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Brazilian government rejects calls for forced contact with isolated Amazonian tribes

by Jo Griffin | Thomson Reuters Foundation
Thursday, 7 July 2016 17:24 GMT

In this file March 25, 2014 photo, Indians who are considered uncontacted by anthropologists react to a plane flying over their community in the Amazon basin near the Xinane river in Brazil's Acre State, near the border with Peru. REUTERS/Lunae Parracho

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Contact can lead to loss of land and resources to violent outsiders, exposure to diseases and loss of autonomy, authorities say

By Jo Griffin

LONDON, July 7 (Thomson Reuters Foundation) - The Brazilian government has strongly criticized a call by two U.S. anthropologists to force contact with South America's most isolated tribes to ensure their survival.

In an open letter signed by 18 experts, Brazil's Department of Indigenous Affairs (FUNAI) on Thursday rejected Robert Walker and Kim Hills' suggestion that remaining hidden was "not viable in the long term" for the estimated 50 to 100 remaining tribes in Brazil who have had no contact with the outside world.

The professors, from the University of Missouri and Arizona State University, argued in an article published last year in Science magazine that "controlled contact is the only possible strategy for protecting these people".

But FUNAI specialists said contact carries greater dangers including the loss of land and resources to violent outsiders, exposure to diseases such as measles and flu to which they have no immunity and the loss of autonomy and self determination.

"There is never absolute control in contact situations," according to the letter circulated to the media.

"It is worth remembering that the practices Brazil adopted during the intense economic expansion of the 1970s and 1980s resulted in widespread disintegration and population loss for indigenous peoples who, until then, had been uncontacted."

The letter from FUNAI, which has worked to study and protect uncontacted tribes since 1987, comes amid an international debate on how best to protect the rights of uncontacted peoples in the Amazon Basin.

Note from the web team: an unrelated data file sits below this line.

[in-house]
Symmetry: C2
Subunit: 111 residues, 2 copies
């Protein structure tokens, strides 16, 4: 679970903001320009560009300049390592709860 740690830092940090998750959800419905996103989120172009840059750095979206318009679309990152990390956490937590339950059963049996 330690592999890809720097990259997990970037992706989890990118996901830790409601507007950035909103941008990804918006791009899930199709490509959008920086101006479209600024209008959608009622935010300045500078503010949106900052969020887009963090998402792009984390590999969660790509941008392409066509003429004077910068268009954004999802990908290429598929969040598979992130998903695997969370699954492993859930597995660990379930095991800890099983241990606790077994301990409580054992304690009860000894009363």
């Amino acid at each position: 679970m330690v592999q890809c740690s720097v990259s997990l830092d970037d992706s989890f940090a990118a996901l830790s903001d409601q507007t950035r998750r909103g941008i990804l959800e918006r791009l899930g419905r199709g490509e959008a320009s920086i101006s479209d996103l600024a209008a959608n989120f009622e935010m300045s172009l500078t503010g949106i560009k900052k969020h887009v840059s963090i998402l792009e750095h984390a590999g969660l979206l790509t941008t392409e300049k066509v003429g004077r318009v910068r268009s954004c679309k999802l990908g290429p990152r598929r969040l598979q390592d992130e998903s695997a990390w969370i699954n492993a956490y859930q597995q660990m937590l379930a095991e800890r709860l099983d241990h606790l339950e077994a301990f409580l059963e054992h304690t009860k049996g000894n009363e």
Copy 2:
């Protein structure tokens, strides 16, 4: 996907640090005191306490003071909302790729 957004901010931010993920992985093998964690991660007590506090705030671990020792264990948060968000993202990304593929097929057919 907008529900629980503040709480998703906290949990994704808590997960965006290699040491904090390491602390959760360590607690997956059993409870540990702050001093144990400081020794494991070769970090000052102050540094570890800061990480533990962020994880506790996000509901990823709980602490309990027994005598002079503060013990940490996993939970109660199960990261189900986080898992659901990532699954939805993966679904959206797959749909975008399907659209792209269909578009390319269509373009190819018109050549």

FUNAI's work includes identifying and finding evidence of tribes' existence as well as analysis of satellite imagery and information to map out and protect lands inhabited by uncontacted communities.


In an editorial in Science magazine in June last year, Hill and Walker wrote they disagreed with the "leave them alone policy", saying "controlled contact is better than no contact".

Acknowledging "poorly planned contact" with Amazonian tribes had led to deaths of vulnerable people in the past, they said governments should initiate contact after "conceiving a well-organised plan" otherwise "disastrous contacts" could happen.

The FUNAI experts said such a strategy did not respect uncontacted tribes' wish to be left alone and was a "violation of these people's rights to determine their own lives".

London-based human rights group Survival International said the article in Science magazine was "dangerous and misleading".

Sarah Shenker, Brazil campaigner for Survival, said the statement from FUNAI was significant because in the past the agency's own policy had been to contact uncontacted tribes before changing tack after this led to deaths in the 1980s.

"Their message is very credible. They are the ones on the ground seeing what goes on in places where there is contact," she told the Thomson Reuters Foundation.

FUNAI said the growth in populations of uncontacted indigenous tribes in several areas of the Amazon over recent decades showed its policy of mapping and monitoring territories while respecting autonomy was the right way to protect them.

Survival International is pushing the Brazilian government to enforce constitutionally protected land rights before the Olympics in Rio de Janeiro this summer.

In April, the Brazilian Minister of Justice, Eugenio Aragao, created a permanent, protected territory for the uncontacted Kawahiva tribe in the Amazon after years of land raids by illegal loggers threatened them with extinction.

The Kawahiva tribe is thought to have halved to less than three dozen people over the past 30 years, Survival said.

(Reporting by Jo Griffin)

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